The assessment found that 85% of existing work trips to the CBD are made by transit, 5% by car from New York City, 3% by car from New York suburban counties, 3% by car from New Jersey, 0.2% by car from Connecticut, and 4% by other modes, including taxis, for-hire vehicles, bicycling and walking.

“The tremendous detail included in this assessment makes clear the widespread benefits that would result from central business district tolling,” said MTA Chair and CEO Janno Lieber. “Bottom line: congestion pricing is good for the environment, good for public transit and good for New York and the region. We look forward to receiving public feedback in the weeks ahead.”

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State Department of Transportation Commissioner Marie Therese Dominguez said, “The release of this Environmental Assessment is an important step forward in this transformative initiative to help us reduce congestion in Manhattan’s central business district. I encourage everyone to attend the public hearings and provide feedback and comments, so that we can make improvements and deliver a comprehensive plan.”

New York City Department of Transportation Commissioner Ydanis Rodriguez added, “We must get congestion pricing done so we can invest in public transit, curb emissions, and reduce traffic, which has roared back to pre-COVID levels. This draft Environmental Assessment is the product of three years of detailed study and is a major milestone towards delivering congestion pricing for New Yorkers. We’re looking forward to hearing from the public during this important review process and we thank the MTA, state, and federal partners for their collaboration.”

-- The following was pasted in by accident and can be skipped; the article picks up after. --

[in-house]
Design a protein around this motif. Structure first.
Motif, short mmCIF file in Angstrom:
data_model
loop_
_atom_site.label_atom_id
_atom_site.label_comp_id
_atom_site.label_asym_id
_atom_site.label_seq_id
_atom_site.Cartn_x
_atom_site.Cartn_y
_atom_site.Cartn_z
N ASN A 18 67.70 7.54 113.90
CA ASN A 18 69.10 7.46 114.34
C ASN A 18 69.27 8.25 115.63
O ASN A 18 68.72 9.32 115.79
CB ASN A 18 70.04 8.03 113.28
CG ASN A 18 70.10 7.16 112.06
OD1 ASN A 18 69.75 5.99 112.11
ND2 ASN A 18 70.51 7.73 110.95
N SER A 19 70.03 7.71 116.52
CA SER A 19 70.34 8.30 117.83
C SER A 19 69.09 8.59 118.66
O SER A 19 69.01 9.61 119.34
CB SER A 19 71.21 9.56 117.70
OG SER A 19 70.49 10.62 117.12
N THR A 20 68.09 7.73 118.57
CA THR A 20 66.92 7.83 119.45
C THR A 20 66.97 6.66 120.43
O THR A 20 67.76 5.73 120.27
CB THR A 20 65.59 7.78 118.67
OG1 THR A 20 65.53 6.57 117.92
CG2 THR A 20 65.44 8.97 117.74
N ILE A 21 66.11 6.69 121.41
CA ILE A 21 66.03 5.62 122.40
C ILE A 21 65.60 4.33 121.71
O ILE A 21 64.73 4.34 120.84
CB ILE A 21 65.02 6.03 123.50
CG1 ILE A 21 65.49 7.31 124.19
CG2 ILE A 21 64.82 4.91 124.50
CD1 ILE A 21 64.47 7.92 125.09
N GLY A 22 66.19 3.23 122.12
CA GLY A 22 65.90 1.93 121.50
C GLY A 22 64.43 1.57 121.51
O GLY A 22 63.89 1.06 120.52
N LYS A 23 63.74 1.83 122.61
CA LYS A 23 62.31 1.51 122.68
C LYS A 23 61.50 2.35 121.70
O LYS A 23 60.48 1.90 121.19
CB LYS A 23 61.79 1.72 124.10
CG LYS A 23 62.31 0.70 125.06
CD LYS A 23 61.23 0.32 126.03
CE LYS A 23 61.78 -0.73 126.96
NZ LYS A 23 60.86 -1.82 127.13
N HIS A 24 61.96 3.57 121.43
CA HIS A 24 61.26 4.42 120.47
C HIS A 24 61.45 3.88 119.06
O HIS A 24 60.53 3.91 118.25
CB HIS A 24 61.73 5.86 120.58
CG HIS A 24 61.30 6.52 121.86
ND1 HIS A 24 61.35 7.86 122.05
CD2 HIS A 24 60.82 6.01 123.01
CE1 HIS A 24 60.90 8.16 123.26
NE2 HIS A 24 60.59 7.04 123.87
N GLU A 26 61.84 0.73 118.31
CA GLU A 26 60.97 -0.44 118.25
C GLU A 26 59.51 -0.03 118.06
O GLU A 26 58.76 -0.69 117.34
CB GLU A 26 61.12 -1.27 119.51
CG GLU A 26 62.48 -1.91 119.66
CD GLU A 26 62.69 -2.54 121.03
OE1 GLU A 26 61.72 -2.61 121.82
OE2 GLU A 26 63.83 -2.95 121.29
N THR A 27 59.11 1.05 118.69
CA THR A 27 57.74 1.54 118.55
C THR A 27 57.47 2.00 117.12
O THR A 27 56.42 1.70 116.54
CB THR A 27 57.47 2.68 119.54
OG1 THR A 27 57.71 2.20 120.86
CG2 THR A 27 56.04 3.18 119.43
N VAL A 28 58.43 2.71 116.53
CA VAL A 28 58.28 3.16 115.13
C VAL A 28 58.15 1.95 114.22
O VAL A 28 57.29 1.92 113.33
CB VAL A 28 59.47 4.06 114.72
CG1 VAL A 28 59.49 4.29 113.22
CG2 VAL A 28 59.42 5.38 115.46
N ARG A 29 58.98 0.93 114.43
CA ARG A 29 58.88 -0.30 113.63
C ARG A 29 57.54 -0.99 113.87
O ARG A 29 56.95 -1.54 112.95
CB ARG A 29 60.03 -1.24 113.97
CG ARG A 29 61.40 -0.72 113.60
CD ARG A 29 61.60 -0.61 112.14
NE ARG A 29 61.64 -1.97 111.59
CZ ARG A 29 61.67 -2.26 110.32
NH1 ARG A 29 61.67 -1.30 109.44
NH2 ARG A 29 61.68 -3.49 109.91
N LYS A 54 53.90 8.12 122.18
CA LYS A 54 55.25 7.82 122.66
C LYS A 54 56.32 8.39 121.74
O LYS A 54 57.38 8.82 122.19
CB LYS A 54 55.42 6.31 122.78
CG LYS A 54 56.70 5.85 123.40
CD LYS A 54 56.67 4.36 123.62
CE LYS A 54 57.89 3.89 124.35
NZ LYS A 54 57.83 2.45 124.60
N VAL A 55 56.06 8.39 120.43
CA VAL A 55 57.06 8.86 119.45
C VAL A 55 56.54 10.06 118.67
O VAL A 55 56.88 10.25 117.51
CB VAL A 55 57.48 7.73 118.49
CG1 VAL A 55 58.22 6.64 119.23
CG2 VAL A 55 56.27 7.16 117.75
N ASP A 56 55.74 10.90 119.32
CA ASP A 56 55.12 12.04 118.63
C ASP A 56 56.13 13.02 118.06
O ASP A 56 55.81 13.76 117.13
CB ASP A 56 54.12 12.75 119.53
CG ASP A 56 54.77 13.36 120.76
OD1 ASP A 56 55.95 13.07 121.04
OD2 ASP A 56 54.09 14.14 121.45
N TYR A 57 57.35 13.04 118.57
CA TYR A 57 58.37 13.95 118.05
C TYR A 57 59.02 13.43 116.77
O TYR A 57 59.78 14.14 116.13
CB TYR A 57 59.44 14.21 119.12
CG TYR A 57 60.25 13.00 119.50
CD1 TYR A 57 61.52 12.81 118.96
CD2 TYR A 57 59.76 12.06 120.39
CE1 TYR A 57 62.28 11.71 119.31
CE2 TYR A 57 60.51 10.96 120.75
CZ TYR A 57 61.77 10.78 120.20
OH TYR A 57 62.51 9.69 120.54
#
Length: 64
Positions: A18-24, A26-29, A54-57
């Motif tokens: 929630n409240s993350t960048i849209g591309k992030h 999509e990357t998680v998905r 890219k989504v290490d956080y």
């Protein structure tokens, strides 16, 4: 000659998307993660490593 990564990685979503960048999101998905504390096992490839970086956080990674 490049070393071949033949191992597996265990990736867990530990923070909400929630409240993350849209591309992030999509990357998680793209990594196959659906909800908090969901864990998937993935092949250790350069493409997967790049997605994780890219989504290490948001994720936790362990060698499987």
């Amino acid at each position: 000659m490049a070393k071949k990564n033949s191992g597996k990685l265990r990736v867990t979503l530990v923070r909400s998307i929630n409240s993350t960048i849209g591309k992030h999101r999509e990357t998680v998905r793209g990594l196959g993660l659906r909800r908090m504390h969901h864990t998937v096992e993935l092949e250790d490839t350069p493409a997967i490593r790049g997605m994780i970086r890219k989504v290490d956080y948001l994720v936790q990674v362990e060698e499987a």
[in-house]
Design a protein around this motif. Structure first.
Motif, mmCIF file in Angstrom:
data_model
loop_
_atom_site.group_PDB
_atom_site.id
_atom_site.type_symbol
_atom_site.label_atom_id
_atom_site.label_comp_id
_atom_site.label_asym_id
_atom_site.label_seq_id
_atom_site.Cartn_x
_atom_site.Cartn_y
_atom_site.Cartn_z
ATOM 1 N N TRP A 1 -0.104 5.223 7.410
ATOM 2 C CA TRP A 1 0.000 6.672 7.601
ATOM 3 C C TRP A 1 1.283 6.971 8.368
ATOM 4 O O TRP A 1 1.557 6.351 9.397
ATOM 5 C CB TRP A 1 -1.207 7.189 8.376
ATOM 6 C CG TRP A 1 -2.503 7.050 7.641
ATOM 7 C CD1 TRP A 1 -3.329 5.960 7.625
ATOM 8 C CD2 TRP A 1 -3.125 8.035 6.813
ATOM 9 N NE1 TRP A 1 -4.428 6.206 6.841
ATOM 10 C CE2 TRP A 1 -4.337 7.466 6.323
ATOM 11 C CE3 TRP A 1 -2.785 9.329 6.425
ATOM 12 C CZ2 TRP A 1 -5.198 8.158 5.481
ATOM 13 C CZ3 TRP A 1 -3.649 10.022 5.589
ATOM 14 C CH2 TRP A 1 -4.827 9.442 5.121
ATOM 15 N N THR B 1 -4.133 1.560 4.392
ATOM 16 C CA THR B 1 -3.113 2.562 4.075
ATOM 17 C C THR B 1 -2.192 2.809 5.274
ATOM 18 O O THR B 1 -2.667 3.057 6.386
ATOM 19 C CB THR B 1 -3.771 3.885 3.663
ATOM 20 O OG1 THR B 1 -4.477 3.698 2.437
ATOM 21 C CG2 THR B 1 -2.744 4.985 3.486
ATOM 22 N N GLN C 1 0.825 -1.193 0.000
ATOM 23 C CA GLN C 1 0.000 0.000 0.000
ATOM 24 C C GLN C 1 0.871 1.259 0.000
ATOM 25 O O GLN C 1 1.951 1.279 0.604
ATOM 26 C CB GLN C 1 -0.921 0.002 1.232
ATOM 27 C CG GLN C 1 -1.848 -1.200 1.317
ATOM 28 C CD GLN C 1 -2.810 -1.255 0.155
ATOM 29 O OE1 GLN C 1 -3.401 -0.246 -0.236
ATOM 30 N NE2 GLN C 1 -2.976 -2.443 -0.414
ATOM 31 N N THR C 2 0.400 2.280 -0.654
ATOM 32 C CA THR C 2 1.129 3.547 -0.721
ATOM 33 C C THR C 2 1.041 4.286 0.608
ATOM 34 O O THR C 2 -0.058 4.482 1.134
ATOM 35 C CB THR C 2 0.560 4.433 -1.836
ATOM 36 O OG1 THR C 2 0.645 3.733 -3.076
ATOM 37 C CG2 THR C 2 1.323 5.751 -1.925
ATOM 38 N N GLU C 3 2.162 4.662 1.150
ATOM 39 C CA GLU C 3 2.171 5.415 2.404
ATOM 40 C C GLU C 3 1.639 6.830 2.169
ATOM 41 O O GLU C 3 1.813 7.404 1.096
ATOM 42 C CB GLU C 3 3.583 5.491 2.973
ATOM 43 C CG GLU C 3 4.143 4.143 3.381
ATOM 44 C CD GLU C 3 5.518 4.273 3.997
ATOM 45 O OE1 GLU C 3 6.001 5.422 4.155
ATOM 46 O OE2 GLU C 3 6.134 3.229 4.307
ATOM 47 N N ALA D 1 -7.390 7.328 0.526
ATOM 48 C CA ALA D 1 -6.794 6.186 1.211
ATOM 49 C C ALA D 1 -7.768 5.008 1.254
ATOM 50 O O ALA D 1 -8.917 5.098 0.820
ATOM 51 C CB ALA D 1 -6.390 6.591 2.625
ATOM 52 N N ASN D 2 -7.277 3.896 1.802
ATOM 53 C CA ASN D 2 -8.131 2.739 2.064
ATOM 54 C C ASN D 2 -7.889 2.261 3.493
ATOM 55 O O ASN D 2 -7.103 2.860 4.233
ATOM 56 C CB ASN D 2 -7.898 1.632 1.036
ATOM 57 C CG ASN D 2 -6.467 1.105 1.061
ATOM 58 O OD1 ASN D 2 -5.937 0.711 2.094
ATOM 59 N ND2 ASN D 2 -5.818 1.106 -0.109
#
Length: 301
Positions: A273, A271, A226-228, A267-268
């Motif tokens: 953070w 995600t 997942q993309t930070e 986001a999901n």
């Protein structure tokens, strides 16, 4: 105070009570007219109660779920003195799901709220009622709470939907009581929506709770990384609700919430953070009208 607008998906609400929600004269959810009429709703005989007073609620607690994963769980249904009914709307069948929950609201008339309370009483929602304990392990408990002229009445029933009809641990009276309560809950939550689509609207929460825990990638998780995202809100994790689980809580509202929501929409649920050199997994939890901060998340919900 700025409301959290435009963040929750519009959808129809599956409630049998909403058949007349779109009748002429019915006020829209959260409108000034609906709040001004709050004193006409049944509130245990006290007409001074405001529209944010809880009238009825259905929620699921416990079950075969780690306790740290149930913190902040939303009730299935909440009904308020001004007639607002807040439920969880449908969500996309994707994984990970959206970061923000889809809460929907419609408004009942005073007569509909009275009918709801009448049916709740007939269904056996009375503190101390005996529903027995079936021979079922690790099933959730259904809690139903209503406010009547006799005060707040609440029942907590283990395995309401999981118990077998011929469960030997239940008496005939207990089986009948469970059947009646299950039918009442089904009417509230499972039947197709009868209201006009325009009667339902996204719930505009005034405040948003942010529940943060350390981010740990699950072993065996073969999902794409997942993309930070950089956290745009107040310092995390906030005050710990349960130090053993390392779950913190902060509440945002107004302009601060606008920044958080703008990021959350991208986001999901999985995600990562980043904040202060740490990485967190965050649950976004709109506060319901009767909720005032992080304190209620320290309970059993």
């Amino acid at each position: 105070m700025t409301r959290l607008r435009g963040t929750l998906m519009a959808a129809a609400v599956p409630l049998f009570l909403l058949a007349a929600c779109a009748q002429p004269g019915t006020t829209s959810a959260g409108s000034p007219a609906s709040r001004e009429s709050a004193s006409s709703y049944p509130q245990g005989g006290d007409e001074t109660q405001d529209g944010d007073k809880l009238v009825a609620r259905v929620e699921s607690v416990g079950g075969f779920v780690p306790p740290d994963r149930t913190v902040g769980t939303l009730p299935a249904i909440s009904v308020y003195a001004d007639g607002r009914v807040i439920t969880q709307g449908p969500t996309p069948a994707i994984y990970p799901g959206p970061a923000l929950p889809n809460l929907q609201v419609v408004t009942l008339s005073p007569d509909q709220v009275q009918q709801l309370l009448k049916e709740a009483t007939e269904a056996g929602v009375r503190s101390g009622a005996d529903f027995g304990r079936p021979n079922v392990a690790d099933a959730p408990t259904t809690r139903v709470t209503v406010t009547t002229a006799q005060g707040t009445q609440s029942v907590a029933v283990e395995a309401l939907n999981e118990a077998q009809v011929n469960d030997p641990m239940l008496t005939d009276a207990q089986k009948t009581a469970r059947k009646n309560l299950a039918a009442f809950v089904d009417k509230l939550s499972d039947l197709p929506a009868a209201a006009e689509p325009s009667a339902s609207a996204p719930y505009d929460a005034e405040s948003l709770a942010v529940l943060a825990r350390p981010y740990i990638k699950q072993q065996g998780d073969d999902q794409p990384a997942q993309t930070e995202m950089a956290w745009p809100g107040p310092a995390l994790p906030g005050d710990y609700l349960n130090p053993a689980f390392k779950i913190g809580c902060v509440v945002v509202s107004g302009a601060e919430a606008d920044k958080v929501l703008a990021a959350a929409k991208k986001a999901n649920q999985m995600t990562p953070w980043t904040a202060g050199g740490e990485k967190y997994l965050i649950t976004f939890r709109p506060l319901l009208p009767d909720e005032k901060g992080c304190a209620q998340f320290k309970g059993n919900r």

Among the key findings of the assessment were:

• Implementation of tolls would achieve the purpose and need of the project—to reduce traffic congestion in the Manhattan CBD in a manner that will generate revenue for future transportation improvements.

• With initiation of the program, the number of vehicles entering the CBD would decline by 15.4% to 19.9%, depending on the tolling scenario. Traffic elsewhere in the region would change between—1.5% to 0.2%, depending on the location and the tolling scenario.

• Air quality would improve overall, with greater beneficial effects within and closer to the CBD.

• Reduction in traffic would result in increased reliability of bus service and

• Increase transit ridership by 1% to 2%.

The project partners received more than 7,300 comments in early enhanced outreach as the Environmental Assessment was being prepared, according to the MTA.